A big opera problem

Finally saw Twilight of the Gods, the conclusion of the DC Ring. After being sick for the first performance of it.

And most of it was as powerful as the best of what had gone before. One of many stage pictures that stays with me: The Rhinemaidens, at the start of Act 3, trying to clean debris from what’s left of the river, picking up debris, discarded bottles and the like, putting it in garbage bags.

Or trying to do all that. Too much debris to cope with. Makes so much sense. If the world is despoiled, after Alberich renounces love (a creation myth, in effect, about the emergence of evil in the world) — if the world is despoiled, wouldn’t nature be desperately wounded?

Tbings that didn’t work so well

Francesca’s Zambello’s staging — which went to the heart of the piece whenever her deepest thinking could be enacted on stage — seemed to fall apart when there was no concept to animate the action. Siegmund and Sieglinde, Alberich and the Rhinemaidens…the staging seemed aimless.

And there were problems beyond that, problems I fear are endemic in opera. These were problems with physical action on stage. In Rhinegold, Fafner kills Fasolt. He swung his cudgel more or less obediently, as if that’s what he’d been told to do. And Fasolt obediently falls dead.

But there was no violence in that. No horror, no overpowering strenth.

Likewise when Hagen kills Siegfried. No horror, no violence. No anger, no rage.

Or when Siegmund, with the greatest effort of his life, pulls the sword from the tree. No surging strenth, no exaltation, none of that embodied in any way physically. Likewise when Siegfried forges his sword. Not nearly physical enough.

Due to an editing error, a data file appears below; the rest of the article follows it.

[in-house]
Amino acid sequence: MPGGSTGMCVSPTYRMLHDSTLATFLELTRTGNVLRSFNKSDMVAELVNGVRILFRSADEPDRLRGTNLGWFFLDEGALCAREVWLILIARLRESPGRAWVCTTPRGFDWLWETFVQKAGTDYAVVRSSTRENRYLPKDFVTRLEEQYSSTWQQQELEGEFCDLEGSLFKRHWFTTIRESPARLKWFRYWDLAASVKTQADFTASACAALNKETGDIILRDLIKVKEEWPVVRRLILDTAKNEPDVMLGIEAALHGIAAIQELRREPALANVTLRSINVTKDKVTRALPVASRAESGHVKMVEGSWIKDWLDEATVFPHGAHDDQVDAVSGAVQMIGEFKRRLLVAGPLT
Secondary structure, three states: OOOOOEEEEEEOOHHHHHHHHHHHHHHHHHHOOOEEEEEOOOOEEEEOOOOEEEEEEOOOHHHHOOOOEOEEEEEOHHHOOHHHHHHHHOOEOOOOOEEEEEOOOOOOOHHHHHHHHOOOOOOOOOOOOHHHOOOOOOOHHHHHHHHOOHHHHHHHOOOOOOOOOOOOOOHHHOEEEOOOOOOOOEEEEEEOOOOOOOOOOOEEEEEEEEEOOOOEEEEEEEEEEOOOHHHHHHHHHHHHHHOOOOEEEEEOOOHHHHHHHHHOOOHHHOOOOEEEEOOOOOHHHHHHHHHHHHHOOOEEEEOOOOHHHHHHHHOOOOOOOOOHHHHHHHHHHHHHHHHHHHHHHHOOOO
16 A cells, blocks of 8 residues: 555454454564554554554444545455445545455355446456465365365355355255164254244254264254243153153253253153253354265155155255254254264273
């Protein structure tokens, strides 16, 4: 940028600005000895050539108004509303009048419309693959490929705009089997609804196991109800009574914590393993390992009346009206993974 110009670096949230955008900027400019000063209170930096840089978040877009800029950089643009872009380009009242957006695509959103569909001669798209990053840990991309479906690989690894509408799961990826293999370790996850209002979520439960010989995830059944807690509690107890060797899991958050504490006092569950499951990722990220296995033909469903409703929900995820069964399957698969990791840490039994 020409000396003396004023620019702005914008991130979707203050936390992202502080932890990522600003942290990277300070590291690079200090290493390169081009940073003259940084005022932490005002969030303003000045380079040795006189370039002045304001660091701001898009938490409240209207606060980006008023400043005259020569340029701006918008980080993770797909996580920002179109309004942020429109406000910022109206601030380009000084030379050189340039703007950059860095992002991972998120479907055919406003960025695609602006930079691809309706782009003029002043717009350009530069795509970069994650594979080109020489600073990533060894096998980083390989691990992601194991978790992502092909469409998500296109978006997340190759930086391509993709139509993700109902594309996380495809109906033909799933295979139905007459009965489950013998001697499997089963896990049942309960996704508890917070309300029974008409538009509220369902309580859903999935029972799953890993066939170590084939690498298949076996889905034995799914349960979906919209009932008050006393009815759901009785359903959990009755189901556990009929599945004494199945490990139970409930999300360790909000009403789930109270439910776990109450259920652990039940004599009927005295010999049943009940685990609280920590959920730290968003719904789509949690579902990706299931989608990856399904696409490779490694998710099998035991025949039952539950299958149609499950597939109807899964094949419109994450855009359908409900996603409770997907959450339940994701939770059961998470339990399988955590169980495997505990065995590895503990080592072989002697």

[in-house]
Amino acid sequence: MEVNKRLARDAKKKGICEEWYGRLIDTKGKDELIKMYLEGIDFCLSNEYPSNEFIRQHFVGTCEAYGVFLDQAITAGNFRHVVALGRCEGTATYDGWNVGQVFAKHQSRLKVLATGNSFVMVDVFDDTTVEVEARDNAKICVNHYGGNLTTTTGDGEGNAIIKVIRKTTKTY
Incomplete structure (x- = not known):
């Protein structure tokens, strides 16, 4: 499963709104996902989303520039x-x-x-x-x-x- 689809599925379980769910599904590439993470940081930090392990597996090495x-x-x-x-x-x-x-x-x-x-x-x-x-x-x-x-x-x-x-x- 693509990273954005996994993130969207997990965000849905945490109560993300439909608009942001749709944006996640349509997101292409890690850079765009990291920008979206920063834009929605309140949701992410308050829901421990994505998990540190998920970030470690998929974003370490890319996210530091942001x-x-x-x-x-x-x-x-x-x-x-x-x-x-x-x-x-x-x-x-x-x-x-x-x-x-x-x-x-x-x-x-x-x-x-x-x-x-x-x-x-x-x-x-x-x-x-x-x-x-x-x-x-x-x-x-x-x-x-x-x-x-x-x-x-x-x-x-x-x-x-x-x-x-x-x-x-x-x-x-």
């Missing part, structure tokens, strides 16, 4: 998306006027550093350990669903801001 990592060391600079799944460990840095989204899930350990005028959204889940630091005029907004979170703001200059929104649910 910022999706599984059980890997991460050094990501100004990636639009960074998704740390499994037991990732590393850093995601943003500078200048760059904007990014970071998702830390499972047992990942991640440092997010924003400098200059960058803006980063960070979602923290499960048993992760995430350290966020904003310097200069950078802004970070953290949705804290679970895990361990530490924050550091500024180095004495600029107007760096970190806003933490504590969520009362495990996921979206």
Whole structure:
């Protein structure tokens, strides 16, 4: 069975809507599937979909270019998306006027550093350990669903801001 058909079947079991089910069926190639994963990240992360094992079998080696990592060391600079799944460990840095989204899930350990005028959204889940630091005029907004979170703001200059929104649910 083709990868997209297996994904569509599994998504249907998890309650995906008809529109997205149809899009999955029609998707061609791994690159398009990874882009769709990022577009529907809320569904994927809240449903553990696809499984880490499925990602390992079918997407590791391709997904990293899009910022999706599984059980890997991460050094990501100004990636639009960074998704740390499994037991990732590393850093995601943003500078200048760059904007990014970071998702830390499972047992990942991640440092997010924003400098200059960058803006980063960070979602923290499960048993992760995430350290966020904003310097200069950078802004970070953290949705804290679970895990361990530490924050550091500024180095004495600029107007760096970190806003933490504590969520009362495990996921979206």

Alberich and the Rhinemaidens. He chases them in the river, loses his balance on the rocks. Or, anyway, that’s what he says is happening. His motions were serene, grounded. He pantomimed slipping on the rocks, just a bit, but didn’t make it seem remotely real.

Endemic problem

norns blog

Canadian soprano Adrianne Pieczonka and US tenor Franco Farina.

Canadian soprano Adrianne Pieczonka and US tenor Franco Farina.

As I said, I think these problems are endemic in opera performances. Lack of real physicality, unconvincing action on stage.

More in my next post about why I think this is a huge problem, why it undermines any claim we make that opera is high art. It wasn’t bad enough to undermine the DC Ring, but…well, let me put it this way.

If we can’t in opera do what every flim, every good theater production, even the silliest sitcom on TV can pull off, making what we’re seeing look plausible, then how — in the world of 2016 — can we claim to be doing something great? Don’t we just look silly, incomplete, inept?

As I said, more coming. Including how we can fix this problem. Won’t be easy. But can be done! 

Original Source: A big opera problem

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